Snow: cold, soft, brilliantly blinding. It muffles sound and casts a thick shroud over whatever lies beneath. The symbolism is apropos in Banville’s newest crime novel, the first to be written under his own name rather than the pseudonym (Benjamin Black) he’d established for genre-fiction purposes.
Snow takes place in County Wexford, Ireland, a time when the Catholic Church reigned supreme and buried its adversaries. One frigid day in 1957, Detective Inspector St. John (pronounced “Sinjun”) Strafford arrives at Ballyglass House to investigate a murder. The body of Father Tom Lawless, longtime friend of the Osborne family, lies on the floor of the ornate library, throat cut and private parts removed. A parish priest’s killing is bizarre enough on its own, and almost no one seems upset about it. Strafford shares the privileged Protestant background of the Osbornes but finds, to his annoyance, that this doesn’t gain him any ground in his sleuthing.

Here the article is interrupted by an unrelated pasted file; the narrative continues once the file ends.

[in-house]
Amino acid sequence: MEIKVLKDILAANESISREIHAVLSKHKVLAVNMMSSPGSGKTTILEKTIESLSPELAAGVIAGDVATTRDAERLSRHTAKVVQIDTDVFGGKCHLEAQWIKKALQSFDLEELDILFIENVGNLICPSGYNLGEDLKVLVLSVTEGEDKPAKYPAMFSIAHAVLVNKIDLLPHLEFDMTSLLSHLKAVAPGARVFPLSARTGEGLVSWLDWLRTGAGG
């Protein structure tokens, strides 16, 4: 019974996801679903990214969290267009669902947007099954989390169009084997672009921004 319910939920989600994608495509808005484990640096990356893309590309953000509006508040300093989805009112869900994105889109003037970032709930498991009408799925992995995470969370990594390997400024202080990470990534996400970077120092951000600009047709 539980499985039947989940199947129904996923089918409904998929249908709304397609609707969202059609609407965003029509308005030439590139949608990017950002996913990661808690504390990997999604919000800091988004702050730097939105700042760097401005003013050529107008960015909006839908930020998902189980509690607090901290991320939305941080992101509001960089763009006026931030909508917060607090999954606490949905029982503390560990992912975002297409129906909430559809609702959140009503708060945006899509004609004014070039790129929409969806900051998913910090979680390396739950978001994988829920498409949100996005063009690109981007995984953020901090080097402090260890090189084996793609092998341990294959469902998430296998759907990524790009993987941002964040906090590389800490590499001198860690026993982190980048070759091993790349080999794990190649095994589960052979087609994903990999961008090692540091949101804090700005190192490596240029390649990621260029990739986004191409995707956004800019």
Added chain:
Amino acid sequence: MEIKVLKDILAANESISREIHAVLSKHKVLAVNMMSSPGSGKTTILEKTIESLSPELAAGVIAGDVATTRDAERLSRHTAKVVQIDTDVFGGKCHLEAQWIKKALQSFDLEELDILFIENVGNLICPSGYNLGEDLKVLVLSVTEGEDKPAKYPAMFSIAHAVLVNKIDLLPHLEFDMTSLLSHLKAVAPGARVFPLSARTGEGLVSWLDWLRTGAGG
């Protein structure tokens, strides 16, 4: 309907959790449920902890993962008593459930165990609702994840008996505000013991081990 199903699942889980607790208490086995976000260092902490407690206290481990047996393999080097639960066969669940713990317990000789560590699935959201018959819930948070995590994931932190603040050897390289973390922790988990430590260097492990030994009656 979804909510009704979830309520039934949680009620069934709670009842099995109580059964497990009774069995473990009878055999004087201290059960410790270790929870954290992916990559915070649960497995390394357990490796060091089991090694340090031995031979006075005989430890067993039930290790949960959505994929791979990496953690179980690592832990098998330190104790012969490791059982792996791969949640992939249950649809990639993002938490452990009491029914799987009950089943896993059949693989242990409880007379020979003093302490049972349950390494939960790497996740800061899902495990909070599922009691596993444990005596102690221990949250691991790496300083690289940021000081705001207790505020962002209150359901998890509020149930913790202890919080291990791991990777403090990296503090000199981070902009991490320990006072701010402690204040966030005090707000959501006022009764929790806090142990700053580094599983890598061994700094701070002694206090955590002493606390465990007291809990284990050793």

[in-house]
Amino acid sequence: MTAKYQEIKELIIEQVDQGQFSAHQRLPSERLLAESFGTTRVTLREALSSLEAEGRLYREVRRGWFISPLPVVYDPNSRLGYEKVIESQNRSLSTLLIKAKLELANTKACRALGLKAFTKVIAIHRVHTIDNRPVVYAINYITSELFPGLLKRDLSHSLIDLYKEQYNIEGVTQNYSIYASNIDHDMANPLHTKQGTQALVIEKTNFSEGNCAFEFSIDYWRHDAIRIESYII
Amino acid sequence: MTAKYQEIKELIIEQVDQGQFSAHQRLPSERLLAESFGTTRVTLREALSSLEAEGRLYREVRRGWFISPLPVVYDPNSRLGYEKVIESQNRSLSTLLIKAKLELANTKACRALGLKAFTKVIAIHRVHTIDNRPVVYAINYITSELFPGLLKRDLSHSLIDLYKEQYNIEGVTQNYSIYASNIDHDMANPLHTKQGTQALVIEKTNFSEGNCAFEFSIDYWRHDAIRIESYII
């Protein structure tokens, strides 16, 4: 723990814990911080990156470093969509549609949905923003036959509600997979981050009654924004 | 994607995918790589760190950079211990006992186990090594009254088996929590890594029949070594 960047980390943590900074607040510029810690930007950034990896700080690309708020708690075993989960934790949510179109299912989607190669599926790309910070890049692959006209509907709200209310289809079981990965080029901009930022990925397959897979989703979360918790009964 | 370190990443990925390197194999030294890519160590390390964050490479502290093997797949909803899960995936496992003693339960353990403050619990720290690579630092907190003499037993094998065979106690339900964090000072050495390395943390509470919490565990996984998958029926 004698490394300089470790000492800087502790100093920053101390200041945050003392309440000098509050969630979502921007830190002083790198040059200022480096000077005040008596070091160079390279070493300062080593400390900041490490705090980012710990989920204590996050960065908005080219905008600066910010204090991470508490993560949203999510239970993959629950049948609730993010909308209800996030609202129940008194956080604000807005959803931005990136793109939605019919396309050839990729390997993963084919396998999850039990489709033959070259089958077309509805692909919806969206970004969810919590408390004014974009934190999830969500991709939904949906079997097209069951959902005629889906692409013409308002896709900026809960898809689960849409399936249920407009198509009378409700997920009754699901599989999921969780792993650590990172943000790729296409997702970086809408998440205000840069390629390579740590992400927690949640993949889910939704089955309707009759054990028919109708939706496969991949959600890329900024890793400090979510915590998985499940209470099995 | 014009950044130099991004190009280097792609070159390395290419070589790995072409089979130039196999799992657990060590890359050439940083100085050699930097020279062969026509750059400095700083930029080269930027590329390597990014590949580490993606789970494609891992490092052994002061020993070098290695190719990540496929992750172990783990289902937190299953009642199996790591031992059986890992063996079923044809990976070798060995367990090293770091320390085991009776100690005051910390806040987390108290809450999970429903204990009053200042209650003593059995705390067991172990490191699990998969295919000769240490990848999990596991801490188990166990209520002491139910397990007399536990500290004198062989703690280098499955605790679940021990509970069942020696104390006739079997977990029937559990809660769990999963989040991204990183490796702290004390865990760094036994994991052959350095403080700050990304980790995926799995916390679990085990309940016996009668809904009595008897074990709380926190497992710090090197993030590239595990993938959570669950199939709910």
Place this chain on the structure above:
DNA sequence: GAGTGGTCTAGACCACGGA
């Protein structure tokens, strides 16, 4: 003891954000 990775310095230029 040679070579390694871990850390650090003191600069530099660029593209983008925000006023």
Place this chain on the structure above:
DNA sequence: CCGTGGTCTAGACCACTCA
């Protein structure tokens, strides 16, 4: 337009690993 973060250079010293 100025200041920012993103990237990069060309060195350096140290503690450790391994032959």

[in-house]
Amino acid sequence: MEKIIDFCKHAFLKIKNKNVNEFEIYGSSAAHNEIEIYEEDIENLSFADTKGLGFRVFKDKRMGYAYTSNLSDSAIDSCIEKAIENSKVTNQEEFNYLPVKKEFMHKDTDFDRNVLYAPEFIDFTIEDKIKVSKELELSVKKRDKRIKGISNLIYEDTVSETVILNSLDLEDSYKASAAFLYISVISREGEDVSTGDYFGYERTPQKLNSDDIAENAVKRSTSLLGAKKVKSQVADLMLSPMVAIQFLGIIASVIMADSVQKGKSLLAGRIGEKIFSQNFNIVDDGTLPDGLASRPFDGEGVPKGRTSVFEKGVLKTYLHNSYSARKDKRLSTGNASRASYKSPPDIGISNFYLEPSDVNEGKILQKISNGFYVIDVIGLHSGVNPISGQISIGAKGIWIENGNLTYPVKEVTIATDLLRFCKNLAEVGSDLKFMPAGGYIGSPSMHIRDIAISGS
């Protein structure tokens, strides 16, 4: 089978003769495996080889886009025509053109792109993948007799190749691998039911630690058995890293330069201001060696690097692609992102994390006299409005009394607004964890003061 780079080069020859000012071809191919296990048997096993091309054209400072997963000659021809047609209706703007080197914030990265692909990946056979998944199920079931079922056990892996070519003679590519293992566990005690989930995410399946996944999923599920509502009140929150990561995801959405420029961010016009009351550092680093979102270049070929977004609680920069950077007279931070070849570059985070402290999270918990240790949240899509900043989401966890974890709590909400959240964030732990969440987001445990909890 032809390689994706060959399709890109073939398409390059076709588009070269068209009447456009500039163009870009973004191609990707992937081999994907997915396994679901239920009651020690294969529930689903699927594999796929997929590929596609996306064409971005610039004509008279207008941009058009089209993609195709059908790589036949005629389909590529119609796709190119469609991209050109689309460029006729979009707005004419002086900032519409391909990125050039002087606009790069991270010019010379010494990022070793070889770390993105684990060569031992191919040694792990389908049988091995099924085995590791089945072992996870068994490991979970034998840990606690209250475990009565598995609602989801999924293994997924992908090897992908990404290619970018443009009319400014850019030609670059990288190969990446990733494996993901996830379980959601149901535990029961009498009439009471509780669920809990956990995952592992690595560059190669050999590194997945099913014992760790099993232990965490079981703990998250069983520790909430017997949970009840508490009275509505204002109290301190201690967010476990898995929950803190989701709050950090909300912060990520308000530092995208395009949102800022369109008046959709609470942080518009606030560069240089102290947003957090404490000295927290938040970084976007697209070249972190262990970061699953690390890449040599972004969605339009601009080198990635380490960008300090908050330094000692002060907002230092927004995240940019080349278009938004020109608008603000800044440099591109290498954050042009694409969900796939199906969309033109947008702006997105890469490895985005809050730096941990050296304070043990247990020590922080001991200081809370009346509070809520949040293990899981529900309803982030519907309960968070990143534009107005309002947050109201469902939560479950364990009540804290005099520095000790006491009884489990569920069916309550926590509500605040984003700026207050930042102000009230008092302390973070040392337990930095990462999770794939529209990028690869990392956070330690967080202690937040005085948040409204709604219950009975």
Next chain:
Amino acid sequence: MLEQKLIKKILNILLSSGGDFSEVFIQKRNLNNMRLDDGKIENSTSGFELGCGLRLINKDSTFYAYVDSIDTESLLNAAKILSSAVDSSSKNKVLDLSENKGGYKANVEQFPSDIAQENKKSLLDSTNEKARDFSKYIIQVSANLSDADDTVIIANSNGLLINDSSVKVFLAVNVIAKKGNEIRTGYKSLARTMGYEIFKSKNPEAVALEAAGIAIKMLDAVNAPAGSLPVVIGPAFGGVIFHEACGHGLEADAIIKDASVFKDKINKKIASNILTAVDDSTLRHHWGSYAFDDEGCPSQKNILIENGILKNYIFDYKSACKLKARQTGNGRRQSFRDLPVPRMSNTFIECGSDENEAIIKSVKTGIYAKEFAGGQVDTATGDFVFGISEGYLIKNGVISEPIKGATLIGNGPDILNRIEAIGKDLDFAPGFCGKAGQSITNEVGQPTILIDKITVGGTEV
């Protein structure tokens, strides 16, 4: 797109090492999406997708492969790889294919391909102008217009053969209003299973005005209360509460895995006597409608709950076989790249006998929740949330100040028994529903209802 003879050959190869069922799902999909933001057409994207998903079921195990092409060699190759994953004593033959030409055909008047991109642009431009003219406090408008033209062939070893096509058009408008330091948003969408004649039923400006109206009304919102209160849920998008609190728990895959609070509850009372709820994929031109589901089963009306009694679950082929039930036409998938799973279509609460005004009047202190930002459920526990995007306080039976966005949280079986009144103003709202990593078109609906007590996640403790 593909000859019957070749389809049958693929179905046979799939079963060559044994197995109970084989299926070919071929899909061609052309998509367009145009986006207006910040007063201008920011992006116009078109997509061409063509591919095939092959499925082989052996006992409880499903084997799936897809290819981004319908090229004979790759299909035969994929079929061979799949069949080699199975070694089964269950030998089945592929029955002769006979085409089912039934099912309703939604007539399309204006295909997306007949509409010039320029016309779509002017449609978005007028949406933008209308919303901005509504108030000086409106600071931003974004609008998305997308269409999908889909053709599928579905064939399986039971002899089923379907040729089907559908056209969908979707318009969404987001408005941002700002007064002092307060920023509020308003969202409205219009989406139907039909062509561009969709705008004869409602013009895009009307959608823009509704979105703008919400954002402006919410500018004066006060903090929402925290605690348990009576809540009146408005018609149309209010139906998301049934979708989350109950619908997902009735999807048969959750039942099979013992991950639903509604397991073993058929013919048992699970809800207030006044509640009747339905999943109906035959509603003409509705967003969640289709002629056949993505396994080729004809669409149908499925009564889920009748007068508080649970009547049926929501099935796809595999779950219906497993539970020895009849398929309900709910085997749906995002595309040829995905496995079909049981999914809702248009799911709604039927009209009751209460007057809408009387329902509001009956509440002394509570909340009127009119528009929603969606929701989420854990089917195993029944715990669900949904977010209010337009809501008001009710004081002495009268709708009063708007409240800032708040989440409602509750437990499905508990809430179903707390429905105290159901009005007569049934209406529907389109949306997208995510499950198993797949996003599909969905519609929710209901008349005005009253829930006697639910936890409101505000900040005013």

The story appears to follow a standard country-house mystery plot, with a closed-in setting and characters fitting familiar types: a refined patriarch, his attractive younger wife, their rebellious adult children. Banville peels away at these tropes as the personalities behind the theatrical parts make themselves known. Strafford is himself an intriguing figure, both in his career – most policemen in the Garda are Catholic – and in his reactions to the women he meets.
That said, he’s surprisingly slow on the uptake in pinpointing motive. An interlude late in the story, seen from Father Tom’s viewpoint, makes things clear for anyone who hasn’t yet figured it out. Banville has a consummate hand with establishing atmosphere, though, in sentences of chillingly ethereal beauty: “Surely such a violent act should leave something behind, a trace, a tremor in the air, like the hum that lingers when a bell stops tolling?”